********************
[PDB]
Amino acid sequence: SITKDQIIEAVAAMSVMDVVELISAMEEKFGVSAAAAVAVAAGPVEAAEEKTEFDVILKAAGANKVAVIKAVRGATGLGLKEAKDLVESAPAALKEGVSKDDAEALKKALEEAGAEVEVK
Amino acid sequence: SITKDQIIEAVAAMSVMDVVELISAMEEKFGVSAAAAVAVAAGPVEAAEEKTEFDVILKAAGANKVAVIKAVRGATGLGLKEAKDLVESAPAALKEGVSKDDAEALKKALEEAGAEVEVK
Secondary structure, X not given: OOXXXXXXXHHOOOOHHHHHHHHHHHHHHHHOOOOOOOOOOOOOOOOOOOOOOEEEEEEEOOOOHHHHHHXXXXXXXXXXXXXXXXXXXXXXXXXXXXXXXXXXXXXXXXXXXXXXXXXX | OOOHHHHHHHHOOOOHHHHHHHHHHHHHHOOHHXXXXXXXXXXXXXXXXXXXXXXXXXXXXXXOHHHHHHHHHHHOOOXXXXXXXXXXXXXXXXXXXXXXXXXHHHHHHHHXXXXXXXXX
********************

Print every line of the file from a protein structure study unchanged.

[PDB]
Amino acid sequence: SITKDQIIEAVAAMSVMDVVELISAMEEKFGVSAAAAVAVAAGPVEAAEEKTEFDVILKAAGANKVAVIKAVRGATGLGLKEAKDLVESAPAALKEGVSKDDAEALKKALEEAGAEVEVK
Amino acid sequence: SITKDQIIEAVAAMSVMDVVELISAMEEKFGVSAAAAVAVAAGPVEAAEEKTEFDVILKAAGANKVAVIKAVRGATGLGLKEAKDLVESAPAALKEGVSKDDAEALKKALEEAGAEVEVK
Secondary structure, X not given: OOXXXXXXXHHOOOOHHHHHHHHHHHHHHHHOOOOOOOOOOOOOOOOOOOOOOEEEEEEEOOOOHHHHHHXXXXXXXXXXXXXXXXXXXXXXXXXXXXXXXXXXXXXXXXXXXXXXXXXX | OOOHHHHHHHHOOOOHHHHHHHHHHHHHHOOHHXXXXXXXXXXXXXXXXXXXXXXXXXXXXXXOHHHHHHHHHHHOOOXXXXXXXXXXXXXXXXXXXXXXXXXHHHHHHHHXXXXXXXXX